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No profits from savings certificates for gratuity fundholders

  • Published at 06:27 pm August 27th, 2017
  • Last updated at 12:07 am August 28th, 2017
No profits from savings certificates for gratuity fundholders
People with savings certificates will most likely not profit from the Savings Certificate Policy 2017 if they are already benefiting from gratuity funds. The Ministry of Finance had directed the Internal Resources Division to form a committee to reduce the abnormality that has arisen over Sanchaypatra Rules 1977 and Income Tax Law 1994. The seven-member committee, headed by the director general of the Department of National Savings, recommended that those who have gratuity fund deposits should not receive profits from savings certificates. The committee found that five institutions including banks, financial institutions and an NGO has been depositing their gratuity funds in the Department of National Savings for five years to benefit from savings certificates. Over the past five years, the five in questions have deposited Tk40.1 crore in earnings, and was set to earn Tk15.9 crore in profits. The committee recommended the latter profit be denied to the depositors. Earlier, the government had announced plans to set up investment limits for potential buyers of national savings certificates, in addition to a two-tier profit rate. Buyers could also be required to disclose the sources of their funds to the Department of National Savings. Finance Division officials said the government will not reduce the interest rate of savings certificates despite the finance minister’s repeated assertions. An official said: “We need to change the profit rate on savings certificates.But the finance minister will have the last say.” A source at the government’s policy-making level said decisions that may affect the government’s popularity are unlikely to be taken before the election. The government is also planning to borrow massively from savings instruments. Big investors, especially corporate houses, industrial entrepreneurs and business groups who have bought savings certificates in unusually large volumes are being identified for further business.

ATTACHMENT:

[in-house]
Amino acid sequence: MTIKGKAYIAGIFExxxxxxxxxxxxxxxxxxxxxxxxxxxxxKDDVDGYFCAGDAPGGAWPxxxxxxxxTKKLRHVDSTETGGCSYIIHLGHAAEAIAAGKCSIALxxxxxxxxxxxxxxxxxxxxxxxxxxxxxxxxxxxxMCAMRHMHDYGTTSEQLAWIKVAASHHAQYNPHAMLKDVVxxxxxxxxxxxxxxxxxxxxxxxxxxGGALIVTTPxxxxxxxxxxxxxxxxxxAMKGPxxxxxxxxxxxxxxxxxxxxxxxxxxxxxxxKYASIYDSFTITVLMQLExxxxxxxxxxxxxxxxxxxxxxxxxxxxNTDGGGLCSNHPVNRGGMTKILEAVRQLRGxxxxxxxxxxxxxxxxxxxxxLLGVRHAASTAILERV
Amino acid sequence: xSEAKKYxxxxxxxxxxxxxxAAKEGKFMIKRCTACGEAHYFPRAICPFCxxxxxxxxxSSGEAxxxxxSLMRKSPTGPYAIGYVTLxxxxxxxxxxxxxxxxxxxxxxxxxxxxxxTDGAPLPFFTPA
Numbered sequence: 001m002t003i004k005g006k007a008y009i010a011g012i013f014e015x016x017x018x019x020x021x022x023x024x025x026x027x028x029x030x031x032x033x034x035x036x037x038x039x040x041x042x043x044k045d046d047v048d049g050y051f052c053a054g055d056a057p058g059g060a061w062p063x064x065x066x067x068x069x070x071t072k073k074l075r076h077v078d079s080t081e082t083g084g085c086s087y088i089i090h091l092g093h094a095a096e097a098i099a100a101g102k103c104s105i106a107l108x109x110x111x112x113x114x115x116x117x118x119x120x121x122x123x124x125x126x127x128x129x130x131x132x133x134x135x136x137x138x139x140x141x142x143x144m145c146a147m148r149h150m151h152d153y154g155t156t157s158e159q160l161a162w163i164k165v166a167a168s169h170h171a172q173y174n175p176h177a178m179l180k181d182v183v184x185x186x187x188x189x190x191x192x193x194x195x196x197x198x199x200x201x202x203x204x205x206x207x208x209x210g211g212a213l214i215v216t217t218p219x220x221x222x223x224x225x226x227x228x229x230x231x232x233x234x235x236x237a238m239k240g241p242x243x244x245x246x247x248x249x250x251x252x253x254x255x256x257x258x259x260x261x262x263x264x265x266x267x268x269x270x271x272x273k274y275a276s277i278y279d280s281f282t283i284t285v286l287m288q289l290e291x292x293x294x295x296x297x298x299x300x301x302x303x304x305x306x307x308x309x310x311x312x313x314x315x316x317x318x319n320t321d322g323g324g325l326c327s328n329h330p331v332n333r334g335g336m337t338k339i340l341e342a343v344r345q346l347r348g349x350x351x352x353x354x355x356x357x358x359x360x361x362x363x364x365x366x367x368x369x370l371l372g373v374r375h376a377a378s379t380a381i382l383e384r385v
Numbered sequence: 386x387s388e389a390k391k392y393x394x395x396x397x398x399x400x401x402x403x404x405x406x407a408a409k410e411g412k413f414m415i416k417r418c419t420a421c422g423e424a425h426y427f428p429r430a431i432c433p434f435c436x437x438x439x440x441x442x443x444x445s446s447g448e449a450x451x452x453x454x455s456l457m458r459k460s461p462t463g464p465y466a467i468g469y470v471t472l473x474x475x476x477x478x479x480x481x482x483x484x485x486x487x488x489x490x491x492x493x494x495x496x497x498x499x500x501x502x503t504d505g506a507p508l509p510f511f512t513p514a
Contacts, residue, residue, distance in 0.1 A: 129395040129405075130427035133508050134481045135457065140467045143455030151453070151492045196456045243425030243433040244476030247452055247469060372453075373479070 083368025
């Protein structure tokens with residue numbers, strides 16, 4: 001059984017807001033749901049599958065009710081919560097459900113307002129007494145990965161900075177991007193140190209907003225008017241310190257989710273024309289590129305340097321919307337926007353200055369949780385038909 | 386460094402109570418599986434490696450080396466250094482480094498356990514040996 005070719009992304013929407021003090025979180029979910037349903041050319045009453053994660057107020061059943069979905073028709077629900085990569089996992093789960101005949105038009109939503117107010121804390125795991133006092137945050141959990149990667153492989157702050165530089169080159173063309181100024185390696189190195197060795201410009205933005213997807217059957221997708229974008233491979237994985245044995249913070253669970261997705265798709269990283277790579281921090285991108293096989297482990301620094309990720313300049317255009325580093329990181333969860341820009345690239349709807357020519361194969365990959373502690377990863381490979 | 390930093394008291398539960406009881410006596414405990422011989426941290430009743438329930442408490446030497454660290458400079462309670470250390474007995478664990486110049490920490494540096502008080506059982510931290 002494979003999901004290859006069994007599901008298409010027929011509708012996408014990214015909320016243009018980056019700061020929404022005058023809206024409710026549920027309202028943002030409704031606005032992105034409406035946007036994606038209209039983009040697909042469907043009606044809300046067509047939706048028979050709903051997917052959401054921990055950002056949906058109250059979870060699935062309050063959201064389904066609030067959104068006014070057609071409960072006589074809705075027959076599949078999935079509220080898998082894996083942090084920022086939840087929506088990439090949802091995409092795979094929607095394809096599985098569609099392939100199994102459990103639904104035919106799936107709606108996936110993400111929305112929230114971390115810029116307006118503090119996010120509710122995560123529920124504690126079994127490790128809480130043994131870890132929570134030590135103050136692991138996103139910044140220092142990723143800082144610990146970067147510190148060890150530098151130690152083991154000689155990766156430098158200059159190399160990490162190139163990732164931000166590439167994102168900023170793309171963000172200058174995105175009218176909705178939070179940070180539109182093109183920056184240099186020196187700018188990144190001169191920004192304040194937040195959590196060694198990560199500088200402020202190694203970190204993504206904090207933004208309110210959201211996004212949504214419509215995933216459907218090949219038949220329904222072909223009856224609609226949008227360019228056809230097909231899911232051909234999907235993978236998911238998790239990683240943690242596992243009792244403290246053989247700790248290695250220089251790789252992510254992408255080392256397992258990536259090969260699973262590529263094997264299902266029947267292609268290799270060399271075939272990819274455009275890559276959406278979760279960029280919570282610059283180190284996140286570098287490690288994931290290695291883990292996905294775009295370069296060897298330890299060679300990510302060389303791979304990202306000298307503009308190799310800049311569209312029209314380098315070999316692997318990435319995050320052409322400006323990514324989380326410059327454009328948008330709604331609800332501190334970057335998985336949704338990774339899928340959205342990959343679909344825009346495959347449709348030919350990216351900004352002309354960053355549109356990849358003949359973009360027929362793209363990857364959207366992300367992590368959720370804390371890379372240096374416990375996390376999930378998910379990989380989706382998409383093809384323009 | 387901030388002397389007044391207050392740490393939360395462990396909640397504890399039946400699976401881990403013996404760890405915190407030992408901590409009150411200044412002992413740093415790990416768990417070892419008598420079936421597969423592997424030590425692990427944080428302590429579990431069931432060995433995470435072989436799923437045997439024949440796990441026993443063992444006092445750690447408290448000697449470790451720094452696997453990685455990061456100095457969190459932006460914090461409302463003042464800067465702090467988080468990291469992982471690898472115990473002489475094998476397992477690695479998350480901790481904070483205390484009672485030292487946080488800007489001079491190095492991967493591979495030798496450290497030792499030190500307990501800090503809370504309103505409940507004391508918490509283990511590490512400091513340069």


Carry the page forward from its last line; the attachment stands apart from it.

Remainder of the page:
The interest rate on deposits is 3-4% in private banks and 4-5% in state banks, while the interest rates on savings certificates ranges from 10-11.25%.

In the 2016-17 financial year, the government had a target of selling Tk19,610 crore in savings certificates. But it ended up selling Tk52,327cr worth of certificates, a 167% increase from the previous fiscal year.